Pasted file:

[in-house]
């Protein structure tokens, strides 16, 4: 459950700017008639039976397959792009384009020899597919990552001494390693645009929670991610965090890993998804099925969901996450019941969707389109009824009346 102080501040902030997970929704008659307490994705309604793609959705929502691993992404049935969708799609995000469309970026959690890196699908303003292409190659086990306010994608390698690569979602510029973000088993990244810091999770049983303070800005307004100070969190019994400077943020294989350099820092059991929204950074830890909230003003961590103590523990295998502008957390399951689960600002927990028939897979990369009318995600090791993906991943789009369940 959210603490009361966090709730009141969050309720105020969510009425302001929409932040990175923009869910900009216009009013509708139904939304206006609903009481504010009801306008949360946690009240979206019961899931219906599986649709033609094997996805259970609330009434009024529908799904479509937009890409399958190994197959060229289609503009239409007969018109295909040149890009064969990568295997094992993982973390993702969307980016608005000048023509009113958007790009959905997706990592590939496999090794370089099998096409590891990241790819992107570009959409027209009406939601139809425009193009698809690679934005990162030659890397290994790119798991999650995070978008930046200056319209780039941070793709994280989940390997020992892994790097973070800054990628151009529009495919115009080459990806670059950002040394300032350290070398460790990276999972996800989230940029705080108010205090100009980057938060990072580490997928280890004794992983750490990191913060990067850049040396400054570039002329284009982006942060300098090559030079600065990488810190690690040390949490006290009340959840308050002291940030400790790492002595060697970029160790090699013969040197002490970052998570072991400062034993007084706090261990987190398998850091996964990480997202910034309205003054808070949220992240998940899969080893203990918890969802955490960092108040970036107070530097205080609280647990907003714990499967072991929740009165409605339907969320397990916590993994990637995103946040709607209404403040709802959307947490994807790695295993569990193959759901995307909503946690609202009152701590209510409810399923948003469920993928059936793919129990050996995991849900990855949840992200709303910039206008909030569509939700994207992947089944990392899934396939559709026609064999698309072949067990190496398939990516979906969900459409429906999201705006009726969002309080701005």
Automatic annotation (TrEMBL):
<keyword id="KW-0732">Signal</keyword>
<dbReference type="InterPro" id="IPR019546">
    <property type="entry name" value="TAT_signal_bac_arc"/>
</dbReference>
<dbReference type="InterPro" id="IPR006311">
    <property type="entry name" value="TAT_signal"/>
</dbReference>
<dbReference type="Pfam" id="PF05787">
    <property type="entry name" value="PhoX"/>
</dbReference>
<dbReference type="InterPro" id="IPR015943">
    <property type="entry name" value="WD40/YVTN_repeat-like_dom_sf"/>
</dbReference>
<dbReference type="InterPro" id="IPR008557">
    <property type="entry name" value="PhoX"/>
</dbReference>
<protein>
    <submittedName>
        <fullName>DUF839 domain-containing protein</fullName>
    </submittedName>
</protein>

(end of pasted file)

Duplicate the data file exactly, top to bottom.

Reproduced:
[in-house]
């Protein structure tokens, strides 16, 4: 459950700017008639039976397959792009384009020899597919990552001494390693645009929670991610965090890993998804099925969901996450019941969707389109009824009346 102080501040902030997970929704008659307490994705309604793609959705929502691993992404049935969708799609995000469309970026959690890196699908303003292409190659086990306010994608390698690569979602510029973000088993990244810091999770049983303070800005307004100070969190019994400077943020294989350099820092059991929204950074830890909230003003961590103590523990295998502008957390399951689960600002927990028939897979990369009318995600090791993906991943789009369940 959210603490009361966090709730009141969050309720105020969510009425302001929409932040990175923009869910900009216009009013509708139904939304206006609903009481504010009801306008949360946690009240979206019961899931219906599986649709033609094997996805259970609330009434009024529908799904479509937009890409399958190994197959060229289609503009239409007969018109295909040149890009064969990568295997094992993982973390993702969307980016608005000048023509009113958007790009959905997706990592590939496999090794370089099998096409590891990241790819992107570009959409027209009406939601139809425009193009698809690679934005990162030659890397290994790119798991999650995070978008930046200056319209780039941070793709994280989940390997020992892994790097973070800054990628151009529009495919115009080459990806670059950002040394300032350290070398460790990276999972996800989230940029705080108010205090100009980057938060990072580490997928280890004794992983750490990191913060990067850049040396400054570039002329284009982006942060300098090559030079600065990488810190690690040390949490006290009340959840308050002291940030400790790492002595060697970029160790090699013969040197002490970052998570072991400062034993007084706090261990987190398998850091996964990480997202910034309205003054808070949220992240998940899969080893203990918890969802955490960092108040970036107070530097205080609280647990907003714990499967072991929740009165409605339907969320397990916590993994990637995103946040709607209404403040709802959307947490994807790695295993569990193959759901995307909503946690609202009152701590209510409810399923948003469920993928059936793919129990050996995991849900990855949840992200709303910039206008909030569509939700994207992947089944990392899934396939559709026609064999698309072949067990190496398939990516979906969900459409429906999201705006009726969002309080701005």
Automatic annotation (TrEMBL):
<keyword id="KW-0732">Signal</keyword>
<dbReference type="InterPro" id="IPR019546">
    <property type="entry name" value="TAT_signal_bac_arc"/>
</dbReference>
<dbReference type="InterPro" id="IPR006311">
    <property type="entry name" value="TAT_signal"/>
</dbReference>
<dbReference type="Pfam" id="PF05787">
    <property type="entry name" value="PhoX"/>
</dbReference>
<dbReference type="InterPro" id="IPR015943">
    <property type="entry name" value="WD40/YVTN_repeat-like_dom_sf"/>
</dbReference>
<dbReference type="InterPro" id="IPR008557">
    <property type="entry name" value="PhoX"/>
</dbReference>
<protein>
    <submittedName>
        <fullName>DUF839 domain-containing protein</fullName>
    </submittedName>
</protein>